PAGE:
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Is Christian Parenting Too Hard?

Is Christian Parenting Too Hard - Parenting Like HannahIf you have ever homeschooled your child, I am sure you have had this conversation many times. You mention you homeschool and the other parent very quickly says “I could never do that. It’s too hard. (Fill in excuse.).” Now most parents aren’t quite that brave about admitting 100% Christian parenting is too hard, but you can tell they are thinking it. Or that’s it really not that necessary to “try so hard” or “do so much”.

After having ministered to kids and their families for several decades now, I can see a lot of patterns. I watch as parents parent young children in certain ways and then I see how the children grow (or don’t grow) in their faith as they become teens and then adults. It may not be 100% accurate, but it is pretty close. The parents who do certain things and avoid others almost always raise children who become faithful, productive Christians. Those who don’t, may get lucky once in a blue moon or may have adult children who attend church for family, social or business reasons, but there is a definite difference.

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Christian Kids and Summer

Christian Kids and Summer - Parenting Like HannahIn Atlanta, summer breaks begin in about a month from now. Summer is not what it used to be. With more parents working, many school systems are going to an almost year around calendar. Your children’s summer break may only be six to eight weeks compared to the three months we had as kids. Yet, those six to eight weeks are a special gift to your family.

If you aren’t careful, summer can quickly become as over scheduled as the school year. Or you may be tempted to send your kids away to camps for the majority of it. Or maybe your family just sort of fritters the days away with no real plan.

Don’t waste this gift of increased time with your kids. Here are some ways to make the most of this summer.

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Kids, Museums and God

Kids, Museums and God - Parenting Like HannahOne of my favorite things to do is watch parents literally drag young children through museums. If you are new to this experience, let me enlighten you. Young children generally do not find walking through one of the largest buildings they have ever seen with room after large room of paintings, sculptures and random objects fun. Sure, a few will catch their attention. Trust me though if you are on day three of a touring vacation or your child is tired and hungry, it can be painful.

If you persevere through the whining and complaints… If you make enough bargains of “let’s just treasure hunt to see if we can find this painting” or “just look at this one gallery”, you most likely will raise a child who appreciates museums. You may even find your children ask you at some point to take them to a particular exhibit or museum.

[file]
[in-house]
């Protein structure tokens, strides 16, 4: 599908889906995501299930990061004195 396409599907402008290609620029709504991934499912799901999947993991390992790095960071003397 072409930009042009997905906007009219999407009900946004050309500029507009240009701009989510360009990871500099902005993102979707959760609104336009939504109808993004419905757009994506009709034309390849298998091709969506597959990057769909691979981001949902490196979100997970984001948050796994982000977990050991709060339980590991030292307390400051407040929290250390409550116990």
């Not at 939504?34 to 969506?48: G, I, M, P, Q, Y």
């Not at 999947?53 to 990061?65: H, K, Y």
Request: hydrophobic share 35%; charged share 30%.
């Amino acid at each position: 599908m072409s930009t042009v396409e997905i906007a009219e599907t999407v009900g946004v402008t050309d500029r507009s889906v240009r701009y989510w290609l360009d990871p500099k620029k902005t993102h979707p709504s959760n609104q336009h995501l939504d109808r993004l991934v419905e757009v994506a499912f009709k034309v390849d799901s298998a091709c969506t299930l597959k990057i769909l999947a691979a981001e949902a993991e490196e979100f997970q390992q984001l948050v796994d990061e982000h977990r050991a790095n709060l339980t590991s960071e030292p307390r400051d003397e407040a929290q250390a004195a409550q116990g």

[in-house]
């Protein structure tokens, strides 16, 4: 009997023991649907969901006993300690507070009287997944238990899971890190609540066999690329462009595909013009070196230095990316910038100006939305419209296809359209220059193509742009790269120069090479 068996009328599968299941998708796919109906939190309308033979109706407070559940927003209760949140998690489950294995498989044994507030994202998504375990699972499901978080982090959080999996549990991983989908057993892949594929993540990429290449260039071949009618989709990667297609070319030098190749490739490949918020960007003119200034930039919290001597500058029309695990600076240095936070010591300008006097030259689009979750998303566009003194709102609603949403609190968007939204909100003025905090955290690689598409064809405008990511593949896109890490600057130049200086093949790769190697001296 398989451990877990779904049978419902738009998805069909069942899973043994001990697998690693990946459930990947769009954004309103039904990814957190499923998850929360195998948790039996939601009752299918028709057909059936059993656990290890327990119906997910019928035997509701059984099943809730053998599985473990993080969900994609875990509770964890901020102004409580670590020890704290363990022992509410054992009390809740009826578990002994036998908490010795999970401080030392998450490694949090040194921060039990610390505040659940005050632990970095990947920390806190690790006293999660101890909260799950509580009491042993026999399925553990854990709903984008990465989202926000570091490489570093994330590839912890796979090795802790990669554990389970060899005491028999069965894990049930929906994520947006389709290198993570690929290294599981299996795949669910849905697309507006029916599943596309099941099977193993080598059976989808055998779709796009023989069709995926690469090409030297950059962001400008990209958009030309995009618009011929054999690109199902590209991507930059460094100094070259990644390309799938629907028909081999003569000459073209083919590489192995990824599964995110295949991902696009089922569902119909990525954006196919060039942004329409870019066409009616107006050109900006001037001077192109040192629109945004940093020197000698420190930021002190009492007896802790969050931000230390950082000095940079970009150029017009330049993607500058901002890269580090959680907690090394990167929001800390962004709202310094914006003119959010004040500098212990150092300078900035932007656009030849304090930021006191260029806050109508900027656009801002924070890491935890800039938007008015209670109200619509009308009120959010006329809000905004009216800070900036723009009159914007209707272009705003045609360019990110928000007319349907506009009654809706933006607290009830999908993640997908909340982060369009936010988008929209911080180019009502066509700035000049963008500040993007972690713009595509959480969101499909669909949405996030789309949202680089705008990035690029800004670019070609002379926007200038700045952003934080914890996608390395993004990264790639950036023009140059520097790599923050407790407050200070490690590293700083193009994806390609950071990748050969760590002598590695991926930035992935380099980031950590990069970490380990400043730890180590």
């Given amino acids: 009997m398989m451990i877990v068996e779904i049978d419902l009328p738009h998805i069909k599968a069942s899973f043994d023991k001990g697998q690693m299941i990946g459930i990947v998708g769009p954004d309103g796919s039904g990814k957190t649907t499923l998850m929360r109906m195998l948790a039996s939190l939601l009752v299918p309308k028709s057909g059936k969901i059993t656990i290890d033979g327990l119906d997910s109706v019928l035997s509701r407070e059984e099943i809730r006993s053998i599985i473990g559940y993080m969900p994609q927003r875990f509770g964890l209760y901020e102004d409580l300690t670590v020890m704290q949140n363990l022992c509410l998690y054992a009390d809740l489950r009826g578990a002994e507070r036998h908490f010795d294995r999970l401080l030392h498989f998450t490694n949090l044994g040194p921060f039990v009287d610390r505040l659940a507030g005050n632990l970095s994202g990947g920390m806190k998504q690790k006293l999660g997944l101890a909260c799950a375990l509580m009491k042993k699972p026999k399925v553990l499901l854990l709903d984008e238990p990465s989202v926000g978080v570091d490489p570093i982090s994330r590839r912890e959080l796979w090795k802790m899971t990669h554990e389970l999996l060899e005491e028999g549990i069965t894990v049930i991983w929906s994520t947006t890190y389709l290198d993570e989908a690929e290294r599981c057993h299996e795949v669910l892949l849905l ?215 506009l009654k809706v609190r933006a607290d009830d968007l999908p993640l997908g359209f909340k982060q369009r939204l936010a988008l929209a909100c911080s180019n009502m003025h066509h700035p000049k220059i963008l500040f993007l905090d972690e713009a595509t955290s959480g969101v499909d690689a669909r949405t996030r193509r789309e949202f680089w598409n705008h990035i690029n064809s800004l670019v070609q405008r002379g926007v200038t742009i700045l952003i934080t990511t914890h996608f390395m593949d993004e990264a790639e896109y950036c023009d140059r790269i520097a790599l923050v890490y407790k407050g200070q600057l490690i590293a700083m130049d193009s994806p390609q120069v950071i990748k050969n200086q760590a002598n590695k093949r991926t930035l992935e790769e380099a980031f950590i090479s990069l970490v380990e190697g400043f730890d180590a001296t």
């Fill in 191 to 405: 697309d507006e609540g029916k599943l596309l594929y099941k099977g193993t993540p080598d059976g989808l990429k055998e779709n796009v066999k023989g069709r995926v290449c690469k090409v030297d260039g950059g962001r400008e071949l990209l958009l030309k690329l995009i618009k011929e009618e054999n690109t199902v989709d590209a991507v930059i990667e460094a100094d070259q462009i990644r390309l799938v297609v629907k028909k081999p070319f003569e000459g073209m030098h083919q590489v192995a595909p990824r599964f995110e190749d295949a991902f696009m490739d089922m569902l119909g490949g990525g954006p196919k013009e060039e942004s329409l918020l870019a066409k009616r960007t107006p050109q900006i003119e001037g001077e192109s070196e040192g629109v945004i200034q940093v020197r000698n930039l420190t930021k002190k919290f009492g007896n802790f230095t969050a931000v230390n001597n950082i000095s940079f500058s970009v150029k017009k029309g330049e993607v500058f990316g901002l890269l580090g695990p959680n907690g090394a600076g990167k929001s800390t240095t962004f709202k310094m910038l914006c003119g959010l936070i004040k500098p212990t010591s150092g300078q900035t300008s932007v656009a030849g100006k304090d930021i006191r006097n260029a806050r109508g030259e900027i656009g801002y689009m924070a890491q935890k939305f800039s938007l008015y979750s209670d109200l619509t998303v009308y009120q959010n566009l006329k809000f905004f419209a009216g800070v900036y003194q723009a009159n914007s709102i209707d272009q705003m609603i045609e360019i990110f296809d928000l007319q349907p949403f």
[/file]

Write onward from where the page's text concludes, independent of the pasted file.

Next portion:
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Great Resource on Why Young People Abandon Their Faith

Great Resource on Why Young People Abandon Their Faith - Parenting Like HannahPerhaps, the scariest thing to me about parenting is the fear of my daughter rejecting God. Many of my parenting decisions were made because I wanted to be able to honestly say I did everything I knew how to do to help her be strong spiritually. And yet there are no guarantees your child will be a faithful, productive Christian as an adult. Or are there?

The new book Abandoned Faith by Alex McFarland and Jason Jimenez examines why many young people are abandoning their faith and what parents can do about it. I won’t lie. This is one scary book. If your children are still at home, it will scare the pants off of you – and it should. As someone who works with kids and teens on a regular basis, I can tell you very few parents are doing what they need to do to prepare their children to live an active, productive Christian faith as an adult.

Most of you will lose your kids – watch them reject God and His teachings – because you aren’t doing what you could do now to greatly lessen the chances it will happen. This book does a great job at pointing out the main mistakes parents make when helping their kids develop a strong spiritual life.

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Fun Ways to Teach Your Kids the Parables of Jesus

Fun Ways to Teach Your Kids the Parables of Jesus - Parenting Like HannahHave you ever thought about why Jesus used parables at times to teach people? Perhaps it was because he was trying to help the people understand concepts that were difficult to understand or entirely new to them. Jesus knew that by comparing them to relatable things and circumstances, they could better understand the lessons he wanted them to learn.

For your children, many of the common every day things Jesus talks about in his parables have little if any emotional connection to your kids. Adults can process them intellectually, but kids and teens may not have the life experience or empathy to do so. Yet these are vital lessons Jesus wants your kids to understand.

Thankfully, there are some fun ways to help your kids experience and better understand those parables. You can do them as a family devotional or just a little life lesson during your day. There are probably a lot of things you can do, but here are some ideas to get you started.

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Fix these words of mine in your hearts and minds; tie them as symbols on your hands and bind them on your foreheads. Teach them to your children, talking about them when you sit at home and when you walk along the road, when you lie down and when you get up. (Deuteronomy 11:18-19 NIV)